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Speaking the unspeakable 

We are increasingly becoming a nation of fad-chasers: e.g., tattoos, piercings, belly-button cosmetic surgery, Joe Camel look-alikes, Harley-Davidson club stereotypes, leather-jacketed bar hoppers, faded-jean models, Sturgis pilgrims, team-emblazoned polyester sportswear couch potatoes, flag-waving Muslim haters, and so forth.

All of this pseudo-rebellious and fiery symbolic uniqueness is appalling to the observant beholder who sees in the sheer numbers of look-alikes a complete lack of any originality or individuality.

Having reached the age where I dress and groom myself primarily for comfort and cleanliness and pay little heed to the timely, business-henpecking, nostalgic or romantic connotations of my style, my short haircut elicits derisive stares and remarks from fad-worshippers.

It would not be out of character for me, therefore, to speak the unspeakable. Henceforth, I would urge the good citizens of Colorado Springs to contemplate the uncontemplatable, to come to our collective senses, to give up once and for all this notion that we are anything more than the gateway to the cultural wasteland of the Rocky Mountains.

Having traveled the world over, I can assure you our fair city has next to nothing to offer the educated tourist or hapless resident who stumbles across this prairie outpost. Architecturally, Colorado Springs is one of the ugliest cities on earth. In our city parks and landscapes, there is almost nothing left of the natural beauty of this once arid wonderland.

Colorado Springs has neighborhood after neighborhood of houses with no basements, no attics, no passive solar accommodations (in a city with an average 350 sunny days per year), no Xeriscaping ordinance, and garages that face the street or curbside parking only; houses so close together pets are lucky if they even have a postage stamp to run on and are made out of some of the cheapest materials ever known to man.

With city authorities and a daily newspaper dedicated to making every citizen feel like a criminal and fear for their freedom, all I can say is I have had enough of Mary Lou Makepeace's and former Sheriff Anderson's version of aesthetics. Term limits have not acted fast enough to rid this community of these uncivil-minded, shortsighted public officials.

Preventive medicine has become an accepted cost-effective means to improved health care. Yet, when the Colorado Springs Police and Humane Society are really needed to resolve barking, quacking, pooping, stalking, light-infiltration, sluggish traffic conditions, obstreperous zoning enforcement, among other domestic and neighborhood problems, these tax-paid service providers have more excuses than the Bible for not getting involved.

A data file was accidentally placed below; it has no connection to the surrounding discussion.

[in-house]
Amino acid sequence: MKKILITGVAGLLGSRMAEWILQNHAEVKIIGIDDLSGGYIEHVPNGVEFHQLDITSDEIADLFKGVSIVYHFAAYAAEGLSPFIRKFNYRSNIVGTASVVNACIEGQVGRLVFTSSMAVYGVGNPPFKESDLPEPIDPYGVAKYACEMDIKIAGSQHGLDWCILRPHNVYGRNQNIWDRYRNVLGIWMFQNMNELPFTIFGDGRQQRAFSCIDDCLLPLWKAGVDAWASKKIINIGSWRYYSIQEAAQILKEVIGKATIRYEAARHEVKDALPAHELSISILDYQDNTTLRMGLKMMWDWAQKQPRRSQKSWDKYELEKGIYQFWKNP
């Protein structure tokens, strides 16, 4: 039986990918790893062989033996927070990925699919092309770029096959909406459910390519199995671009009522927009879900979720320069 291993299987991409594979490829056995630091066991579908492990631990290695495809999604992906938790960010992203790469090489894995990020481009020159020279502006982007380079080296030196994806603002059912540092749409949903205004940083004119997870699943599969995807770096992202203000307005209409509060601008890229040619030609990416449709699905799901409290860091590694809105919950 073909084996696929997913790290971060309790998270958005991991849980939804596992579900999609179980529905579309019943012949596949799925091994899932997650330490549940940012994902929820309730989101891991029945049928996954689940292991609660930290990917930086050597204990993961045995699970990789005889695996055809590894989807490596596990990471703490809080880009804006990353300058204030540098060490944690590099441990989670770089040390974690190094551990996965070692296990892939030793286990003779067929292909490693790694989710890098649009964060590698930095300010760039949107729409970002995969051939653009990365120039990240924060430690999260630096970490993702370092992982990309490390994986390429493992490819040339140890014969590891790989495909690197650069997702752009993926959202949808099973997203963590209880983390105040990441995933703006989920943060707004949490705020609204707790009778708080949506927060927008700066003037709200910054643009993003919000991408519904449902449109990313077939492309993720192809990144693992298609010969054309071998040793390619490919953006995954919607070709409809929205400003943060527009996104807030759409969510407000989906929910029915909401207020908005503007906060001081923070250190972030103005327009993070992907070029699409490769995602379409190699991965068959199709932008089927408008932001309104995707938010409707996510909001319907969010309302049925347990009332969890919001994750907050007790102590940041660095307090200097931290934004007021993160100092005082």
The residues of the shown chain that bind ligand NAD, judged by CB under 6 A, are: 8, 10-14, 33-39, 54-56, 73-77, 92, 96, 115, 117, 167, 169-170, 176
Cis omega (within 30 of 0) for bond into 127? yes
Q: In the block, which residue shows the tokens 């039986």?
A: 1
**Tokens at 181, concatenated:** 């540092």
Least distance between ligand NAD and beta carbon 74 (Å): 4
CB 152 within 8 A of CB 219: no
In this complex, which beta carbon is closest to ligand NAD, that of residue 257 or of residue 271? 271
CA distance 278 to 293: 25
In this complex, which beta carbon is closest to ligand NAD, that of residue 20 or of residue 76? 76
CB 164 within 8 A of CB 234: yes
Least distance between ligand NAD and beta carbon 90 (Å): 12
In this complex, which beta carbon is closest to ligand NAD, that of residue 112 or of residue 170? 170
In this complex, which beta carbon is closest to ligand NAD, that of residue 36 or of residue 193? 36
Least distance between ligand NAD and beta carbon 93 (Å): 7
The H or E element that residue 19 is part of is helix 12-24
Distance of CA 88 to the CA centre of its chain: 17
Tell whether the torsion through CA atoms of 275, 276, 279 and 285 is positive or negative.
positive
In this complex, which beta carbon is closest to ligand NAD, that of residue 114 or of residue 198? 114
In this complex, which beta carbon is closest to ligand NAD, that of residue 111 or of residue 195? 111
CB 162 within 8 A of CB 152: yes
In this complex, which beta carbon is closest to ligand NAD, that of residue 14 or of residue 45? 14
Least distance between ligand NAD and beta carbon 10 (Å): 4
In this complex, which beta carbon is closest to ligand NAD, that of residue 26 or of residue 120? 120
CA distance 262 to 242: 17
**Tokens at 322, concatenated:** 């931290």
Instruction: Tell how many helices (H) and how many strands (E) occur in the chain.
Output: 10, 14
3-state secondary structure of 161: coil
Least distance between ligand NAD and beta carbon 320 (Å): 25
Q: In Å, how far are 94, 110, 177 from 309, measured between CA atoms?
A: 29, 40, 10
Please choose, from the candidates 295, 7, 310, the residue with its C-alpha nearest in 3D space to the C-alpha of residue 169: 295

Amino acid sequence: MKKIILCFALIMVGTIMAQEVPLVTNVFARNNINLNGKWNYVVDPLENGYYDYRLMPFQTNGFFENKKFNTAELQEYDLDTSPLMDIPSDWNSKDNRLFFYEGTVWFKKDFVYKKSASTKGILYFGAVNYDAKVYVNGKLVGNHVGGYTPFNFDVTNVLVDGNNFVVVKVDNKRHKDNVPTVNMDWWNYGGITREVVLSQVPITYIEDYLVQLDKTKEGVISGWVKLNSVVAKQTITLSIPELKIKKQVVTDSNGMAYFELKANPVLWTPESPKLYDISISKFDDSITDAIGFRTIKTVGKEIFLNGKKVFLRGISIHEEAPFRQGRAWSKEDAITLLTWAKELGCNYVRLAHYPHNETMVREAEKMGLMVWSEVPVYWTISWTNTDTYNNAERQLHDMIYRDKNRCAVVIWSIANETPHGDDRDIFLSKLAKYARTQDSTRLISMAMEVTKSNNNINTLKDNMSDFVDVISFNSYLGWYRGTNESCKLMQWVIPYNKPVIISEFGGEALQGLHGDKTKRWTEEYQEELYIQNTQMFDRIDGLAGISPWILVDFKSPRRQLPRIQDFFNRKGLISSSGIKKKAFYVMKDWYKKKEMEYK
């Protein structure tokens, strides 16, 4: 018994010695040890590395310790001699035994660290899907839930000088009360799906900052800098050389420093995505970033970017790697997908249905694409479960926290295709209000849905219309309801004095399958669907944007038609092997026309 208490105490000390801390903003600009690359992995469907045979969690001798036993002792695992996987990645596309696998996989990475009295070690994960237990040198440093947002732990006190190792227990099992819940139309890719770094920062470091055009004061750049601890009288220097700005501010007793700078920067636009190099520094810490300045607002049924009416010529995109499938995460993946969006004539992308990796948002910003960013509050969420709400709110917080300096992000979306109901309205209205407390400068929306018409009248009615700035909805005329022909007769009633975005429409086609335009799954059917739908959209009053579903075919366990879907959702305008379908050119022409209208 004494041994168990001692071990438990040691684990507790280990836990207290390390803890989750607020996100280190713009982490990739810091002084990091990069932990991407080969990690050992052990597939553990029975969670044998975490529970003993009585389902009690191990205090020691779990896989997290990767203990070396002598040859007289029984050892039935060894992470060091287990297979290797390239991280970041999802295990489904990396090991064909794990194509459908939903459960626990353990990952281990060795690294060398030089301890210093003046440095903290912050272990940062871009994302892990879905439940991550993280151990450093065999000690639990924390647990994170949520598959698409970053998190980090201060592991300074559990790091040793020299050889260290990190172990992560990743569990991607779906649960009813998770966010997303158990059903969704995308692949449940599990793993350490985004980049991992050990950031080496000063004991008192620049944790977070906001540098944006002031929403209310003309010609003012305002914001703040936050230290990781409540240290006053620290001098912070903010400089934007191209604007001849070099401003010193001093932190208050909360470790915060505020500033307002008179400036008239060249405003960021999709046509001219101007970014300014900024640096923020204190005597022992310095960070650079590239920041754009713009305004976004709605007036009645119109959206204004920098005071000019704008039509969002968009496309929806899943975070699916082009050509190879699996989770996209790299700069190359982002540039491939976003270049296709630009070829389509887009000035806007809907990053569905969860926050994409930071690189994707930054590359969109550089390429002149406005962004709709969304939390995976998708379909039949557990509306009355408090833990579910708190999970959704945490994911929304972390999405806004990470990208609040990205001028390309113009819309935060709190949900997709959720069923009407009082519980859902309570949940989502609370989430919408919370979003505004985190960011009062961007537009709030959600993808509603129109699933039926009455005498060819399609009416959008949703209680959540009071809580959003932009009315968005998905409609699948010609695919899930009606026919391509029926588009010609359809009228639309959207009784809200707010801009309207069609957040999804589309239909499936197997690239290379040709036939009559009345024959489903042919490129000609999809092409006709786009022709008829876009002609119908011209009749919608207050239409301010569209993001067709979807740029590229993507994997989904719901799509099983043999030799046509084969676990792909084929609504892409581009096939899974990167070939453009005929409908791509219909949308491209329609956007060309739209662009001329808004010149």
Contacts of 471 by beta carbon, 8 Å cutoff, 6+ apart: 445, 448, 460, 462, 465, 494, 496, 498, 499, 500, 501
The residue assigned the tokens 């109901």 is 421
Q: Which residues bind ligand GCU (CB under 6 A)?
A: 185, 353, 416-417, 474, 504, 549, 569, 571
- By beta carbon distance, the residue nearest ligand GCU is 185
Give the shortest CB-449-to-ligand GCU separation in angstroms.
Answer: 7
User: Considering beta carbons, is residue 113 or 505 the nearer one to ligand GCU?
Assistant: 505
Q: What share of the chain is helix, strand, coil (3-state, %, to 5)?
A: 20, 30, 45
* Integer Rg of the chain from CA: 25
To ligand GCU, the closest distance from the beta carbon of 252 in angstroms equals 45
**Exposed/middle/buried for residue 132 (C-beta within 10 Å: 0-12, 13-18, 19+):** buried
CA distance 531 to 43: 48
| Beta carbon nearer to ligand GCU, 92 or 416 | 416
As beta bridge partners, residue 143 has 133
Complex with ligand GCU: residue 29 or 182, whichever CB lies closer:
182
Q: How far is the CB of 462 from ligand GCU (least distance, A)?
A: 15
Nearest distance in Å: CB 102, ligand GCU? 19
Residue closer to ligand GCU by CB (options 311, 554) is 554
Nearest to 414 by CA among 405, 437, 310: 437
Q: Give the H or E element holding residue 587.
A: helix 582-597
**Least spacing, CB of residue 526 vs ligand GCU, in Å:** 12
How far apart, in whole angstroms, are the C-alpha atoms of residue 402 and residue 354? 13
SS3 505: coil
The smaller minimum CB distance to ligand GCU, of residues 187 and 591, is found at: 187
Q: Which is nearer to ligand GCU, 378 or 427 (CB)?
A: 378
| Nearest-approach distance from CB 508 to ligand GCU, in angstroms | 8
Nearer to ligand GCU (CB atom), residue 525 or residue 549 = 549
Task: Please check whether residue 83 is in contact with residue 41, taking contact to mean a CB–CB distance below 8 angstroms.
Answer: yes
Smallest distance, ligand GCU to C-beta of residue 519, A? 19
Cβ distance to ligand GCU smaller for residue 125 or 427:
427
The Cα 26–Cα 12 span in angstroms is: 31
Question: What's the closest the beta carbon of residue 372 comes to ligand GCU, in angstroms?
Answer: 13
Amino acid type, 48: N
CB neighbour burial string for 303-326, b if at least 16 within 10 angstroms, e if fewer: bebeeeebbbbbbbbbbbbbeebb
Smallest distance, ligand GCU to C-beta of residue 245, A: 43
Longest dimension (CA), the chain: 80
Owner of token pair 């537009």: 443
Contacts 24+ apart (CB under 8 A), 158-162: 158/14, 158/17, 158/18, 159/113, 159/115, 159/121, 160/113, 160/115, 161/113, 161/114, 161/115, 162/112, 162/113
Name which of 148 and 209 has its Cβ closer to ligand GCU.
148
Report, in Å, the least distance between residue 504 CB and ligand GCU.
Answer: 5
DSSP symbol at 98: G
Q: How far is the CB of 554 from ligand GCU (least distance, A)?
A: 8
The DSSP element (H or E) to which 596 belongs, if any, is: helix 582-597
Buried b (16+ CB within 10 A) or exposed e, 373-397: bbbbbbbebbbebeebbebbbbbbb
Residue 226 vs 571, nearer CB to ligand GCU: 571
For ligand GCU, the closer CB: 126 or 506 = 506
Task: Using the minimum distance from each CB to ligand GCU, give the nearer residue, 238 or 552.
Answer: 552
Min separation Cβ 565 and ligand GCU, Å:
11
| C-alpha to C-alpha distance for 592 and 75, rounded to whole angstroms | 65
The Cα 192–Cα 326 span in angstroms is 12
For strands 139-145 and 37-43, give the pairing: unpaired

And the biggest excuse of all is not enough money for more motorcycles, squeaky-clean squad cars, helicopters, terrorist combat equipment, chemical warfare suits, GPS equipment for sidewalk and park patrol bicycles, KFC chicken, and donuts. Guess who restricts water usage at the police car wash?

Other residents must be just as angry about waiting for so many years to see the city traffic lights timed. If only the traffic light waiting intervals were slightly decreased, it would reduce driver frustration and make downtown a more attractive place to drive and shop. There has to be a solution for both drivers and pedestrians. To make matters worse, every street corner now has some artist's mockery of sculpture to torture the waylaid motorist.

Which brings me to my subject of patronizing the arts. How many times over the years have the sirens wailed for a near-bankrupt Colorado Springs Symphony Orchestra? I say let the beast die without any more suffering. This is not New York, Los Angeles, Cleveland, Philadelphia, London, Amsterdam, Berlin, Vienna, Tel Aviv, Moscow, St. Petersburg, Beijing, Tokyo or Sydney with populations in the millions. The need for a city orchestra, band, opera or ballet became obsolete with the invention of the radio.

This is not the Middle Ages any longer. If the citizens needed an orchestra here, they wouldn't sit in sports bars watching the Broncos on television, or sit at home listening to the Hamburger Quartet on KCME radio or take refuge on their motorcycles to Sturgis.

Dunn is a former penny stockbroker, former financial accountant, former tax preparer, current medical transcription student, current part-time stocker, a registered Independent and is still evolving. As a gardener, he has been composting and Xeriscaping since 1985 with mixed results.

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